[smart company] Communications minister Stephen Conroy is currently under fire both home and abroad, with the Federal Opposition and even the Organisation for Economic Cooperation and Development questioning his judgement regarding the National Broadband Network tender process.
The judgements come after it was revealed the Government spent $30 million on the original NBN tender, which was eventually scrapped as the Government opted to build the network itself.
The head of the OECD's Australian operations, Claude Giorno, has now said the Government should apply a more stringent cost analysis process to its overall infrastructure plans, which includes the NBN project.
"Maybe not everybody needs to have a very-high-speed broadband connection," he told The Australian. "Maybe it would be less costly to develop alternative technology depending on where you are geographically."
Giorno also said "questions need to be answered" regarding the Government's involvement, with the planning needing "very careful assessment".
The comments come as a new Auditor-General's report found the Government spent $30 million on the original tender process, which was eventually scrapped in favour of the current proposal.
The report found the Government paid just over $600,000 to several experts and over $10 million to consultants, among which included Frontier Economics, KMPG and legal firm Corrs Chamber Westgarth.
The panel, which was designed to assess the original bids put forward for the project from groups such as Telstra, Optus and the Acacia consortium, were also paid. Members included Tony Mitchell ($168,893), Tony Shaw ($112,895), Reg Coutts ($128,892), John Wylie ($32,759) and former IBES director Rod Tucker ($161,476).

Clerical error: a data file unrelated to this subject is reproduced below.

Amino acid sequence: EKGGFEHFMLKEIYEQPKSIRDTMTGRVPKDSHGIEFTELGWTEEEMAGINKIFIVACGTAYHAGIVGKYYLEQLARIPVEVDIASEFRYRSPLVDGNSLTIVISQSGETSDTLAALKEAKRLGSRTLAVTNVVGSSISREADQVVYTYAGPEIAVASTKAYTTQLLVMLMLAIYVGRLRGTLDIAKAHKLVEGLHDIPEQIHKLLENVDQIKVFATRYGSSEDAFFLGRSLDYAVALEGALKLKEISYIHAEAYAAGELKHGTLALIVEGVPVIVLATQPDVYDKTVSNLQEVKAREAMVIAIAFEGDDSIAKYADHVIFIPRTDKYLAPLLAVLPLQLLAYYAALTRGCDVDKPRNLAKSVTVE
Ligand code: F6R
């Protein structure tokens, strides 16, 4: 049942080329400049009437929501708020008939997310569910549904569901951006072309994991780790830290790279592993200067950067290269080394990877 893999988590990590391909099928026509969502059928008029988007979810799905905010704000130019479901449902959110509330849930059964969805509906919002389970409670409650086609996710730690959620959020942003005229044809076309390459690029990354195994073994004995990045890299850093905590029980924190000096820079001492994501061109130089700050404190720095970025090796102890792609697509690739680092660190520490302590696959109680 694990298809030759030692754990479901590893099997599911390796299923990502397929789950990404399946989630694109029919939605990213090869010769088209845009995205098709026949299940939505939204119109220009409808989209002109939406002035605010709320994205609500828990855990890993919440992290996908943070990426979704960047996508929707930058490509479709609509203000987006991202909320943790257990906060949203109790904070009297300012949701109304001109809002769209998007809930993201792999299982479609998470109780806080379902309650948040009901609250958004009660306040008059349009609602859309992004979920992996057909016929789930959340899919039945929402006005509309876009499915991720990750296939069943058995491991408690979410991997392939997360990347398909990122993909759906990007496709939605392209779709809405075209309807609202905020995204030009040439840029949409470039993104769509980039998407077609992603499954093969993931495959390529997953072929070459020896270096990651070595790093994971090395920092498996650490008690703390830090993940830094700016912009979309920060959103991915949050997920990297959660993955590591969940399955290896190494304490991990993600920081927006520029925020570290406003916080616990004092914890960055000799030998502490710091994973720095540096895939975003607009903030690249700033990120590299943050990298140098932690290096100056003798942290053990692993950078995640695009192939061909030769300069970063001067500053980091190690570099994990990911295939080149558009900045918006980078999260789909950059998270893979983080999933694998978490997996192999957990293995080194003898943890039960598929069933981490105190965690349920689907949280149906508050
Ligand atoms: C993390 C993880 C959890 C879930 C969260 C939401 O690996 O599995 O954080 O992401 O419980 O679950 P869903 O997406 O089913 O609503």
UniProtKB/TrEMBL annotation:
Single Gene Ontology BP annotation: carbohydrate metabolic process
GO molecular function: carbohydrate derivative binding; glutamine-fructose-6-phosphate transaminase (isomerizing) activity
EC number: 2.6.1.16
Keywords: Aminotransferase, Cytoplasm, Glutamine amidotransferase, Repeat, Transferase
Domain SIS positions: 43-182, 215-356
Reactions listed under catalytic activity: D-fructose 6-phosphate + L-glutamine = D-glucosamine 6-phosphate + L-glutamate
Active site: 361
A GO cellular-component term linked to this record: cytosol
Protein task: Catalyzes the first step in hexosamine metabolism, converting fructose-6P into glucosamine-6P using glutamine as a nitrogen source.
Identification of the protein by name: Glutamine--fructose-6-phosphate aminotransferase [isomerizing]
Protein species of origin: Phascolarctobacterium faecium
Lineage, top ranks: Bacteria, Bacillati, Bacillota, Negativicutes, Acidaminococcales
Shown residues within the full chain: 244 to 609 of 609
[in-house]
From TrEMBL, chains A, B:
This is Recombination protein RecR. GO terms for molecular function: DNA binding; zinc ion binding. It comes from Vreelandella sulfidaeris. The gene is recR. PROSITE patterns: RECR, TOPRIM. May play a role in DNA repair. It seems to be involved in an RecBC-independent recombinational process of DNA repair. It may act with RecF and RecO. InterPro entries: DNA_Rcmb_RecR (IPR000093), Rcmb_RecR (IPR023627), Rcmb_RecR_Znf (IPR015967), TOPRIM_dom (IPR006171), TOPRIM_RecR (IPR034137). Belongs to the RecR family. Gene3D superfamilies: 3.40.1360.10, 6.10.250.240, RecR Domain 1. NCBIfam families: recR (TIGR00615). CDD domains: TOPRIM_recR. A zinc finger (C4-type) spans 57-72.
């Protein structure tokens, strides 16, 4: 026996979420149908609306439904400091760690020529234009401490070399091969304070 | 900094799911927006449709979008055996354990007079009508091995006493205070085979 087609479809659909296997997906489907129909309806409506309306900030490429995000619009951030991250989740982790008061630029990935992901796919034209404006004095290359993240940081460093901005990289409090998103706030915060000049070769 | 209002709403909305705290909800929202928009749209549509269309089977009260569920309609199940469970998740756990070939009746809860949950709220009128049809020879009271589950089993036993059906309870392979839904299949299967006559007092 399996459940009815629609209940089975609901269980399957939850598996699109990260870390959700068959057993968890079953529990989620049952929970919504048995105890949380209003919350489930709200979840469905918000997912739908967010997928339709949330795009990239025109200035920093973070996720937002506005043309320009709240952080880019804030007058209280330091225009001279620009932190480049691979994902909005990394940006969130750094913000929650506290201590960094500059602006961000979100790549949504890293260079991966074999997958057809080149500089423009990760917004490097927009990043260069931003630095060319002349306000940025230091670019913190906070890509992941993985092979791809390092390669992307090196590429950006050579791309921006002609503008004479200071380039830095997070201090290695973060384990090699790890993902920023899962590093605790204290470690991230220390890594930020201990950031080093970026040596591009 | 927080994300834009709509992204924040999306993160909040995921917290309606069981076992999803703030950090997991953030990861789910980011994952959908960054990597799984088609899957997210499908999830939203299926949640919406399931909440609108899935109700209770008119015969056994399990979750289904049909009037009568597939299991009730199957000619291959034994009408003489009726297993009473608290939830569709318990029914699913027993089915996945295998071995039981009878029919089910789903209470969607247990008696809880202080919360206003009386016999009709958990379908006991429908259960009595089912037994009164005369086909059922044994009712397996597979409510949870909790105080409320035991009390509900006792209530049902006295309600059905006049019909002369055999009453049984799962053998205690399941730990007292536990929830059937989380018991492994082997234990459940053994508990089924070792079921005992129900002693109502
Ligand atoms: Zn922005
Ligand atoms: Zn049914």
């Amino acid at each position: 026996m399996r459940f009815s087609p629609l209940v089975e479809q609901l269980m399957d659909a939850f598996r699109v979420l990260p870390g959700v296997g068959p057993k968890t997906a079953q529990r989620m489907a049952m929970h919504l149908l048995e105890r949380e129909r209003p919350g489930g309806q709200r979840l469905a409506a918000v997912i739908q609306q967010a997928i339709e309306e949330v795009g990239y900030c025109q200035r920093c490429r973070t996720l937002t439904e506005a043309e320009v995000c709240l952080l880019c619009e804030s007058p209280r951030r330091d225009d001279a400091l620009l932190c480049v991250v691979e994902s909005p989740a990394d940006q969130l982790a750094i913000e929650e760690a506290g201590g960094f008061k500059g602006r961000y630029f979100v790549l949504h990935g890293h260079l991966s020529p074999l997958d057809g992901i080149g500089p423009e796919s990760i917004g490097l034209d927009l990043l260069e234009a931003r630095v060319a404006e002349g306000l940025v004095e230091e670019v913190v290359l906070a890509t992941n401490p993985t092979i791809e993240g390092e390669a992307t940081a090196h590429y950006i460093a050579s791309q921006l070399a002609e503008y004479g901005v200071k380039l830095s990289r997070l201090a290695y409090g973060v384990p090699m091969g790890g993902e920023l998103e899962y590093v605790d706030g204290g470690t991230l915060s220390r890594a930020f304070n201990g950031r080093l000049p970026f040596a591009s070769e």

Former opposition communications spokesman Nick Minchin originally accused Conroy of misleading the Senate last year, when he said the Government intended to sign an NBN contract by March.
However, Conroy had reportedly received a letter from the panel of experts saying none of the bids put forward represented good cost value. He denies he misled the Parliament.
"Let's be very clear. When we commenced the tendering process, the economy was booming and Telstra said they were participating,'' he said on ABC Radio today.
Opposition communications spokesman Tony Smith has continued his hard-line stance against the NBN, saying taxpayers have every right to be wary.
"Taxpayers have every reason to be worried that the same master of this disaster is presiding over even more taxpayers' funds on the reckless NBN II proposal, which was announced without a cost-benefit analysis or a business plan."
Family First Senator Steve Fielding agreed with Smith, saying the process was a waste of money altogether.
"They (the government) stuffed up and got it bad and they cannot seem to admit that to the Australian public,'' he told reporters.
Conroy under fire for $30 million bill from aborted National Broadband Network tender